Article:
The 63 infected people ate at Noma between Feb 12 and 16, according to a food safety report based on an inspection of local restaurants and food retail companies a week later. Restaurant manager Peter Kreiner apologized for the incidents and said they were trying to track the source of the infection with officials.
Noma, which opened in 2004, is widely known for its chef Rene Redzepi who relies on fresh, locally sourced products, from moss and snails to sloe berries and unripe plums. The restaurant has been credited with redefining Nordic cooking and receives thousands of reservation requests every day.
This article puts into view just how easy it is for the unexpected and unthinkable to happen. Could this happen to you and your business? Are you implementing all of the safe food handling practices needed to ensure the only way your business will end up in the news is for good reasons?
On the 4th November 2011 Food Standards Australia New Zealand, the Government body responsible for Food Safety guidelines and legislation issued warnings against consuming raw apricot kernels. The raw kernels are often used as a cancer treatment or preventative cancer supplement.
The following information has been reproduced with permission of FSANZ:
“Food Standards Australia New Zealand Chief Executive Officer Steve McCutcheon today warned consumers against eating raw apricot kernels following the discovery of high levels of a naturally occurring toxin in some products available in Australia.
There are different types of apricot kernels, some of which contain high levels of the toxin that can release cyanide into the body when eaten. Adults eating as few as four of these kernels a day could become very ill – children should not eat any.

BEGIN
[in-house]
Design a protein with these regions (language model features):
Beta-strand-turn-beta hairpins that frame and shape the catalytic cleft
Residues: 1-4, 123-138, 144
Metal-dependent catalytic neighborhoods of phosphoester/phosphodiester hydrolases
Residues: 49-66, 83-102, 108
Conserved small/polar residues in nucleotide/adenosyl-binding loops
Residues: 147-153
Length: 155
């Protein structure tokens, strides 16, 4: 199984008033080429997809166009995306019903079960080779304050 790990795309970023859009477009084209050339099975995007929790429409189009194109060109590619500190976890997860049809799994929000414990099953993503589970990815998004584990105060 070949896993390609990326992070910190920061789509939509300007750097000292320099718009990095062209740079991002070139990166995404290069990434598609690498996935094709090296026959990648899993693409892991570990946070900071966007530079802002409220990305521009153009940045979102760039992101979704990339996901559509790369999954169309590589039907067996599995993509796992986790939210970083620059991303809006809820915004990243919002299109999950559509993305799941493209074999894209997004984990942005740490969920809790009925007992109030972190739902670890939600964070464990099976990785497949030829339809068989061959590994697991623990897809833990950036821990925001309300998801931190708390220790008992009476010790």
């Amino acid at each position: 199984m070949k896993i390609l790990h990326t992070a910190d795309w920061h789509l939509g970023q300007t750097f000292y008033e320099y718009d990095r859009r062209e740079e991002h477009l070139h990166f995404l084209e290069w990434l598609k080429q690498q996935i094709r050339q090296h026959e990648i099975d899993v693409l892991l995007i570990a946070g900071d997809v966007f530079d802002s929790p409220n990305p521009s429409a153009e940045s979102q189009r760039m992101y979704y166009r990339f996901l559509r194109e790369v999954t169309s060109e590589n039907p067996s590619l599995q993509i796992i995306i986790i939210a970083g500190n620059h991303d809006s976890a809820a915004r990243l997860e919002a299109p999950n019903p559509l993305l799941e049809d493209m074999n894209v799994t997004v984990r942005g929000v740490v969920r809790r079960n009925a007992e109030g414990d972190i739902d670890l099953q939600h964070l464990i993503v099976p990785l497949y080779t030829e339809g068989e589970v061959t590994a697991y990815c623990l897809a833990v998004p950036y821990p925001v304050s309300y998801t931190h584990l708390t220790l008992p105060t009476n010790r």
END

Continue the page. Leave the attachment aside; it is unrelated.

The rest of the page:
Testing of a number of raw apricot kernels by state and territory health authorities found they contained high levels of the toxin that can release hydrocyanic acid, a cyanide compound, in the gut. These products are currently being investigated and a recall is occurring. The products have been sold nationally on-line and at some health food stores.
While some raw apricot kernels are promoted as an alternative therapy for cancer treatment, the Cancer Council of Australia has published a position statement that cautions consumers about using alternative therapies, including laetrile (apricot kernels).
If you have recently purchased the recalled raw apricot kernels you are advised not to eat them. Return the product to point of sale for a refund or dispose of it safely out of the reach of children and pets. More information (including individual state health authorities) about this recall is available on the Food Standards Australia New Zealand website.
Anyone who has eaten these products and is concerned about their health should seek medical advice.
Apricot Kernels are also sometimes used to assist jams to thicken, however FSANZ has indicated that fresh and dried apricots, apricot juice and jam are not affected.
Gavin Buckett Food Safety Expert & Former Apprentice Chef of the Year
My name is Gavin Buckett and I have over 10 years experience in this industry and have also practiced as a chef. I have also had the honour of being named Victorian Apprentice Chef of the year. These years of experience mean that I live and breathe food safety.
With friendly, cost effective and practical solutions I will empower your staff to do the right thing around food safety. I will help you put in place systems to ensure your peace of mind in this area.